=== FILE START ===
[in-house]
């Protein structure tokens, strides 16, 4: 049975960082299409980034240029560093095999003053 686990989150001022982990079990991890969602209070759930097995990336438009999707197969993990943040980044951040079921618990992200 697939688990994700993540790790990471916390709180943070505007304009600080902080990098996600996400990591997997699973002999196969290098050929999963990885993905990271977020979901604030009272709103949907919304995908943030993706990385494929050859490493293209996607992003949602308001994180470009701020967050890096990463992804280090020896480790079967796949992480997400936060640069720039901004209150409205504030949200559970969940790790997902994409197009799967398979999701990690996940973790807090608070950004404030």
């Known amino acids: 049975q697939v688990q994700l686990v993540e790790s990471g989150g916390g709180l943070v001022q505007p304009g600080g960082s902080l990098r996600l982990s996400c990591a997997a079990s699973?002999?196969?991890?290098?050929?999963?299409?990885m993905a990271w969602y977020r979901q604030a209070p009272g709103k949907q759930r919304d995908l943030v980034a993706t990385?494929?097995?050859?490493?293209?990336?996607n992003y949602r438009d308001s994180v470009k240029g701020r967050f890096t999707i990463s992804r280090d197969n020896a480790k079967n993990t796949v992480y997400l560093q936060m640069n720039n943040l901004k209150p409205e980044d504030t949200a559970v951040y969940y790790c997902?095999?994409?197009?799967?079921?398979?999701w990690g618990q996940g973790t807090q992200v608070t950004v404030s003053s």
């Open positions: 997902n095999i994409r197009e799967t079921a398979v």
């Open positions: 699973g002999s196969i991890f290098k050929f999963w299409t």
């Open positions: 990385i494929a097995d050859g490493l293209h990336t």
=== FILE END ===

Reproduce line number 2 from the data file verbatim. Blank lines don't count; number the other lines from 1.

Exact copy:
């Protein structure tokens, strides 16, 4: 049975960082299409980034240029560093095999003053 686990989150001022982990079990991890969602209070759930097995990336438009999707197969993990943040980044951040079921618990992200 697939688990994700993540790790990471916390709180943070505007304009600080902080990098996600996400990591997997699973002999196969290098050929999963990885993905990271977020979901604030009272709103949907919304995908943030993706990385494929050859490493293209996607992003949602308001994180470009701020967050890096990463992804280090020896480790079967796949992480997400936060640069720039901004209150409205504030949200559970969940790790997902994409197009799967398979999701990690996940973790807090608070950004404030």